Classical Criticism and Anthologies
The Classical Roman Reader: New Encounters With Ancient Rome
The Classical Roman Reader
New Encounters With Ancient Rome
Paperback      ISBN: 0195127404
Western civilization is in many ways an outgrowth of the Roman Empire. The Classical Roman Reader, which contains a collection of some of the finest and most important writing of the Roman period, brings the modern reader into direct contact with the literature, political thought, science, art and architecture, and psychology of classical Rome. Here are the wonders of the Roman world presented in a modern, accessible manner. Each selection is preceded by an introduction that identifies the author and provides information that allows modern readers to consider these texts in a new light. What we discover might be surprising. For instance, in Cicero's orations and Marcus Aurelius' meditations, we hear echoes of today's political forums and popular-psychology talk-show hosts. Virgil's ironic dramatization of the founding myth in the Aeneid prepared the way for America's deeply embedded ambivalence toward the presidency. The Roman preference for practicality over philosophy, leading to a network of superhighways that joined Europe, Asia, Asia Minor, and Africa, literally paved the way for the "global village" of the contemporary world. From Plautus' wildly comic plays to Cato's instructions on farming, and from Catullus' erotic poems to Petronius' descriptions of the decadent splendor of the declining empire, The Classical Roman Reader provides access to the literary, artistic, social, religious, political, scientific, and philosophical texts that shaped Roman thinking and helped form the backbone of Western culture.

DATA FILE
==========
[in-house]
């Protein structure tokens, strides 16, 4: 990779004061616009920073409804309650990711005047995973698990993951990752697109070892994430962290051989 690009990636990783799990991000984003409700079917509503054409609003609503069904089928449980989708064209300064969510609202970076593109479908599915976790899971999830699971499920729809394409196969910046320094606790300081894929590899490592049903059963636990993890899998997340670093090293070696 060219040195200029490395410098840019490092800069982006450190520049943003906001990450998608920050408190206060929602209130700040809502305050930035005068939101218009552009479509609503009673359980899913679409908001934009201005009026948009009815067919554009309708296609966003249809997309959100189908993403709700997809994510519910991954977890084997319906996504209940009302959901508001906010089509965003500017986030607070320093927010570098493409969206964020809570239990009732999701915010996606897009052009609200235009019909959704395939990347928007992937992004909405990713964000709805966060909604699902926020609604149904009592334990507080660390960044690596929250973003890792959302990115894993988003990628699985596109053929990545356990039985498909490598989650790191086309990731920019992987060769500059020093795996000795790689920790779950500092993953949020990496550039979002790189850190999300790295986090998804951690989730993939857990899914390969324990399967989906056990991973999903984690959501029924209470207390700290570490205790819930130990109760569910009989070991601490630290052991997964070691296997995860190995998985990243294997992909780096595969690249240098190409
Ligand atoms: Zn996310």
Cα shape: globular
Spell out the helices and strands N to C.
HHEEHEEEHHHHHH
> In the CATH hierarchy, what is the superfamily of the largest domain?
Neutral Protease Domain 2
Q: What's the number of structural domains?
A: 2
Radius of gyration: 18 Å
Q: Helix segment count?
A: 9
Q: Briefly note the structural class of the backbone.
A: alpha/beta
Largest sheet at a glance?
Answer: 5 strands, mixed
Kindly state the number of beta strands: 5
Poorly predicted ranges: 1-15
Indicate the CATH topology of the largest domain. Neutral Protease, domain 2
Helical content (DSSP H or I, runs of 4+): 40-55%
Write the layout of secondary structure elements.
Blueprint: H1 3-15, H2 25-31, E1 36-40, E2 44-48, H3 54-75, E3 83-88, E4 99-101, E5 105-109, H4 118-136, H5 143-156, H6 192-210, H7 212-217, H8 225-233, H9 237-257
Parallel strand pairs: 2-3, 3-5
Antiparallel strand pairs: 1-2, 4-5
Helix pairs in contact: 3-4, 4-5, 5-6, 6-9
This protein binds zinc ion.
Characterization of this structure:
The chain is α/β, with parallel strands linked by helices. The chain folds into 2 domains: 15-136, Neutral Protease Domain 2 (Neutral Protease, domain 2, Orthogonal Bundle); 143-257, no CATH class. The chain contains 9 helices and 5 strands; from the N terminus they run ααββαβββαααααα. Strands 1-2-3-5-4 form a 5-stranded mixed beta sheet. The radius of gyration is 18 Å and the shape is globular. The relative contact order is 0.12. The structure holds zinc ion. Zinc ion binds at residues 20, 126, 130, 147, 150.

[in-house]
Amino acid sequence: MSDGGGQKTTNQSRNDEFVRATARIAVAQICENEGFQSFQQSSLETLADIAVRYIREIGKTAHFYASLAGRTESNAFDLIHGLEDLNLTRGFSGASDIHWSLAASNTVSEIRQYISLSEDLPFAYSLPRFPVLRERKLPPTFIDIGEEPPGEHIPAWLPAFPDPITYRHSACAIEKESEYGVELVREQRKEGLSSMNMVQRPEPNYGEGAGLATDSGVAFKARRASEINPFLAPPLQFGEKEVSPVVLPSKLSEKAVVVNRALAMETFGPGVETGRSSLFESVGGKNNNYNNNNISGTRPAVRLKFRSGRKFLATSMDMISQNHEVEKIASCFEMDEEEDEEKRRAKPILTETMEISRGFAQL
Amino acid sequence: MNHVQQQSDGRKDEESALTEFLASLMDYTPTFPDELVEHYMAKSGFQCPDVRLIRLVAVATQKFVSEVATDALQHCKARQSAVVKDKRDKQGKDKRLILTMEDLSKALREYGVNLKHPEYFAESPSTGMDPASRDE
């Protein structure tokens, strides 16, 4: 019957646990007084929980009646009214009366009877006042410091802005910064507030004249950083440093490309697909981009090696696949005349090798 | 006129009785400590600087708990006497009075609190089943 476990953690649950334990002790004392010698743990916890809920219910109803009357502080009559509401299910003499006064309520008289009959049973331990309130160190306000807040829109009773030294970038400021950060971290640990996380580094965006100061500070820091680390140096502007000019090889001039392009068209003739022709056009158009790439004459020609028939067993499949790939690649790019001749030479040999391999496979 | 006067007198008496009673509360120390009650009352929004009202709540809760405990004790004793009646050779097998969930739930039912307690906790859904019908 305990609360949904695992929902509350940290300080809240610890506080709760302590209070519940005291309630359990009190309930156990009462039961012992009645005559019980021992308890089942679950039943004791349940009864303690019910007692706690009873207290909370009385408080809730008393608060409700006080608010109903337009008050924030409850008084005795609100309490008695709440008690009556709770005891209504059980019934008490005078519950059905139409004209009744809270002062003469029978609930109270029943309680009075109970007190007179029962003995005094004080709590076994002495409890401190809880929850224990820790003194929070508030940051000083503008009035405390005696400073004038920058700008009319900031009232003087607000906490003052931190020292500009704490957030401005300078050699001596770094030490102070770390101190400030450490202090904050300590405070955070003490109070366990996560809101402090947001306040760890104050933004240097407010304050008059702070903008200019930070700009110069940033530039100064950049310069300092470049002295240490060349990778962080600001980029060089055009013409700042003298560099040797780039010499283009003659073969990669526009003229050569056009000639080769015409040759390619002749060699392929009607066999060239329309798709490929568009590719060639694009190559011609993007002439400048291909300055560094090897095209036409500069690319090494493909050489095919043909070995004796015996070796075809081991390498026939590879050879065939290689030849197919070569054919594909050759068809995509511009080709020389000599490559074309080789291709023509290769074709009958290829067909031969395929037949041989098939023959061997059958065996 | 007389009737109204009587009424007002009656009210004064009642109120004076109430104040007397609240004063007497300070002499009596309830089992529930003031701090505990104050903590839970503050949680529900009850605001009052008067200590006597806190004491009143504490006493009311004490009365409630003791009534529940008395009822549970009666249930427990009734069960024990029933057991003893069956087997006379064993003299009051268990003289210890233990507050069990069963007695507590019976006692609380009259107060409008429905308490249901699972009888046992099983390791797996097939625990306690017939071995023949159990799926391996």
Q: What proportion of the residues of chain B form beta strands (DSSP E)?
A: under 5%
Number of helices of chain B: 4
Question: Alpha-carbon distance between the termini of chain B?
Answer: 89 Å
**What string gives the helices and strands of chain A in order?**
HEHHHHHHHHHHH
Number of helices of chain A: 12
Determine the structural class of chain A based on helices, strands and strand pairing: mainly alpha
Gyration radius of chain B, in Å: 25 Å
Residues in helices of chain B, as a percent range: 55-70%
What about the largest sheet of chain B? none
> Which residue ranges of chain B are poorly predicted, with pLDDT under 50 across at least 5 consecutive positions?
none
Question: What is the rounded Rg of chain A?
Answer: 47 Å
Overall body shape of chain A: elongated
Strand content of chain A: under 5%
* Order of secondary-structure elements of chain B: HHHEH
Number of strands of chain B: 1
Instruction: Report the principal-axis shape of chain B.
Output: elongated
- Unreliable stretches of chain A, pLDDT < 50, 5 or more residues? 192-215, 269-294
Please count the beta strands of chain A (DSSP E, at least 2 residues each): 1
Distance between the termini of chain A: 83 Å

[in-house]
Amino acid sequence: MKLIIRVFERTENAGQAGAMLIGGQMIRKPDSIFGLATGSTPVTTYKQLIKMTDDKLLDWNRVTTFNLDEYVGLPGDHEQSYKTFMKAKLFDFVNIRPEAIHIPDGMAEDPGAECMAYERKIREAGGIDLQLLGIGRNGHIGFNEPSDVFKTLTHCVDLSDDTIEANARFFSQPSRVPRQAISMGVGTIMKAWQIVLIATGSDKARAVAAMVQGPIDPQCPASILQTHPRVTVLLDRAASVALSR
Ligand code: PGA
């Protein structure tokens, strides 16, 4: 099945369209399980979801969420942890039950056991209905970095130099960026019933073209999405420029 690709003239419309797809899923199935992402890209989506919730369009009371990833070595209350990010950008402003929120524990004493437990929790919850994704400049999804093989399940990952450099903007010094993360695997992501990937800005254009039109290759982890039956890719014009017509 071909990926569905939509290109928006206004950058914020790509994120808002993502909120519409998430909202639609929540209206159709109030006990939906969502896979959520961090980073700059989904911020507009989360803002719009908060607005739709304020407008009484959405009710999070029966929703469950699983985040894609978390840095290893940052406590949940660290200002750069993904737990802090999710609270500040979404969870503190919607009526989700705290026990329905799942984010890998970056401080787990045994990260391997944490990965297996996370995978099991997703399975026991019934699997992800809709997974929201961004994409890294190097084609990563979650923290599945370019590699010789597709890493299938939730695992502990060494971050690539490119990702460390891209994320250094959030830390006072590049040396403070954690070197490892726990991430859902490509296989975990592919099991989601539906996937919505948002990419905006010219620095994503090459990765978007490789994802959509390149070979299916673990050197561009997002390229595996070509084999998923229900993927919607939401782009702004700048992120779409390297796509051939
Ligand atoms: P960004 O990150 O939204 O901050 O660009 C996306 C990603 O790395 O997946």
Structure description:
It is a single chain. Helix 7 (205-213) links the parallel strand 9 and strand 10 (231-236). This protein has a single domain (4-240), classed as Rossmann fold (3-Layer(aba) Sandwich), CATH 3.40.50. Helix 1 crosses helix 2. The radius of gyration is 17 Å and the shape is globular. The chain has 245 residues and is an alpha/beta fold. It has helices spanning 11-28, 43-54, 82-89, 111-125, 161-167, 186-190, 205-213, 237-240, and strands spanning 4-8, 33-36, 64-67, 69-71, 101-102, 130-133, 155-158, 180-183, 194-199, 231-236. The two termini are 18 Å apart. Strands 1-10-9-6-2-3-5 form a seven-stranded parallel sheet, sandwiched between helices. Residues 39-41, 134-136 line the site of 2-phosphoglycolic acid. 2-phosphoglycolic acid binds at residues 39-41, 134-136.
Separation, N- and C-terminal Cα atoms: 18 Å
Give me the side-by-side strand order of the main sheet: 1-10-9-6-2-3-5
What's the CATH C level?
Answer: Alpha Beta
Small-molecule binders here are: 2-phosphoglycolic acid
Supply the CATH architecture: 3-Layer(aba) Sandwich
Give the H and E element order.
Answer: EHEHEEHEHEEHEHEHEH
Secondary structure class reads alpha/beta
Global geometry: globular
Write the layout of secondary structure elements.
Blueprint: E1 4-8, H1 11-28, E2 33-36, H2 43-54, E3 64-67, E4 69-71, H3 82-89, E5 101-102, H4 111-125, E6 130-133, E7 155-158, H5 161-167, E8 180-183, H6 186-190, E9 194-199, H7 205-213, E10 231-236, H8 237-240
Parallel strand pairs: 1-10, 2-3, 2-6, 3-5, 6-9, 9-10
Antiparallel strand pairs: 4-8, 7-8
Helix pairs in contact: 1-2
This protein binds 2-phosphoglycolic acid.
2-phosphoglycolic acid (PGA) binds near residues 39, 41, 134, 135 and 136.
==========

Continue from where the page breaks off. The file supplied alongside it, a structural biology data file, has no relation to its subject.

Classical Tragedy: Greek and Roman : 8 Plays in Authoritative Modern Translations Accompanied by Critical Essays
Classical Tragedy
Greek and Roman : 8 Plays in Authoritative Modern Translations Accompanied by Critical Essays
Paperback      ISBN: 1557830460
A collection of eight plays along with accompanying critical essays. Includes: "The Oresteia" - Aeschylus; "Prometheus Bound" - Aeschylus; "Oedipus the King" - Sophocles; "Antigone" - Sophocles; "Medea" - Euripides; "The Bakkhai" - Euripides; "Oedipus" - Seneca; "Medea" - Seneca.
Confronting the Classics: Traditions, Adventures, and Innovations
Confronting the Classics
Traditions, Adventures, and Innovations
Paperback      ISBN: 0871408597
An internationally recognized historian takes readers on an eye-opening tour of the Ancient World, shedding new light on the Greek and Roman history, and combines the epic with the everyday, which forces us to reexamine the assumptions we held as gospel.
Darke Hierogliphicks: Alchemy in English Literature from Chaucer to the Restoration
Darke Hierogliphicks
Alchemy in English Literature from Chaucer to the Restoration
1st Edition    Paperback      ISBN: 0813192129